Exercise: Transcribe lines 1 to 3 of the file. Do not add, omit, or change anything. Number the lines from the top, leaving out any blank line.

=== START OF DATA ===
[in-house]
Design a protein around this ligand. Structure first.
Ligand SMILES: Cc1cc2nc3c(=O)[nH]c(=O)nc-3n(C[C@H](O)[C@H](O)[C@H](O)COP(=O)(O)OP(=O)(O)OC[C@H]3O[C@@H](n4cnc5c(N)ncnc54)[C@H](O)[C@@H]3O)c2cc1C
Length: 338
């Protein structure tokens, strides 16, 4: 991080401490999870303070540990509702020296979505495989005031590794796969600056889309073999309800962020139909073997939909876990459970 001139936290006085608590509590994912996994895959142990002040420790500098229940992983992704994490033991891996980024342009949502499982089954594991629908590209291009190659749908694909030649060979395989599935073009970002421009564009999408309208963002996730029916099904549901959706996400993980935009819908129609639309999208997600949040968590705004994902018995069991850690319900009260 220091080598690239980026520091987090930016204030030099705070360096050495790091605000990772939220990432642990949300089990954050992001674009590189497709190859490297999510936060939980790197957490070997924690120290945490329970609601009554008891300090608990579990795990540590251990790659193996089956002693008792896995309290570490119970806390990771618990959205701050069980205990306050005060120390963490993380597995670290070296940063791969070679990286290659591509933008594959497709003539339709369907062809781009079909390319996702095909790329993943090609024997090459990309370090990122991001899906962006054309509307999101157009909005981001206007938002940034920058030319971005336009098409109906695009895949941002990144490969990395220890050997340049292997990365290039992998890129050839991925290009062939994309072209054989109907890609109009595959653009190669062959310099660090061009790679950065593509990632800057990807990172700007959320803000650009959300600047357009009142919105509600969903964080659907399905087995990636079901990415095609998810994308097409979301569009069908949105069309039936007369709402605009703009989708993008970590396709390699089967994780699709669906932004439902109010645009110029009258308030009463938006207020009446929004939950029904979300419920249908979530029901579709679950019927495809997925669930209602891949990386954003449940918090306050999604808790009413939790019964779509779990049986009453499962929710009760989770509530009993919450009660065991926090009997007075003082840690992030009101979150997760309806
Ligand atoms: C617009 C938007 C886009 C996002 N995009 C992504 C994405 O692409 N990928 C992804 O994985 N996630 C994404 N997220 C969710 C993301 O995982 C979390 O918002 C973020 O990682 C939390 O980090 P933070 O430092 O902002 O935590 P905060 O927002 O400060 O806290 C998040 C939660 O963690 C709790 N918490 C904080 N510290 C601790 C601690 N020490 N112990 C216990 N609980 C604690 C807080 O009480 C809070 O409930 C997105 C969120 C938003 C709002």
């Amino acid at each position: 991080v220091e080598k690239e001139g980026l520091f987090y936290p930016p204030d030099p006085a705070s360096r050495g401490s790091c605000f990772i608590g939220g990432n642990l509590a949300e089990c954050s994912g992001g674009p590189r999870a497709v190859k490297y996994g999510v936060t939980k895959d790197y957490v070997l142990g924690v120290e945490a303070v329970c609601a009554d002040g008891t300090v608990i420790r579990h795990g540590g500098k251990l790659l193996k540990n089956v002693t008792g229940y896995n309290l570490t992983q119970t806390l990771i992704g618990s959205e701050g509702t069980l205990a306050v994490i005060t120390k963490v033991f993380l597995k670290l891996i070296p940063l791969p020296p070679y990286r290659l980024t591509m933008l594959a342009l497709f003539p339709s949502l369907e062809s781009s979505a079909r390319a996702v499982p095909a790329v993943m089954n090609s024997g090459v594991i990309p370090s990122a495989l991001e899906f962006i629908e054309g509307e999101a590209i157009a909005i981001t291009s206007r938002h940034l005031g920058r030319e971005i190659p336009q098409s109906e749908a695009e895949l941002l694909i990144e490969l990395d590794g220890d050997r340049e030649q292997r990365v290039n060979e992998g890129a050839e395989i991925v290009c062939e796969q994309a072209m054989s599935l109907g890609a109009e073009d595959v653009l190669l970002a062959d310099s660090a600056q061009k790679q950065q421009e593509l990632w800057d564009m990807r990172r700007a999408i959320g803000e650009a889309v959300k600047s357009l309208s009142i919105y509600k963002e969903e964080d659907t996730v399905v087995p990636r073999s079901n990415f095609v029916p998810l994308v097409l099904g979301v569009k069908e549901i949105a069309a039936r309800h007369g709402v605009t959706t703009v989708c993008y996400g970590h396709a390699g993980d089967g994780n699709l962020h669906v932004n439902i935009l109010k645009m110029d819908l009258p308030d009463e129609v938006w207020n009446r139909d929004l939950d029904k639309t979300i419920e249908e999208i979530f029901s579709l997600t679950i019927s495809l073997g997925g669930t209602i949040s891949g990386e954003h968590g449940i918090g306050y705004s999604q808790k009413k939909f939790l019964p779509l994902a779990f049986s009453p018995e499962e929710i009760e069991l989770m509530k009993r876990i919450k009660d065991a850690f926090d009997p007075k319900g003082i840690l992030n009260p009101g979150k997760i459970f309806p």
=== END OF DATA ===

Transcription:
[in-house]
Design a protein around this ligand. Structure first.
Ligand SMILES: Cc1cc2nc3c(=O)[nH]c(=O)nc-3n(C[C@H](O)[C@H](O)[C@H](O)COP(=O)(O)OP(=O)(O)OC[C@H]3O[C@@H](n4cnc5c(N)ncnc54)[C@H](O)[C@@H]3O)c2cc1C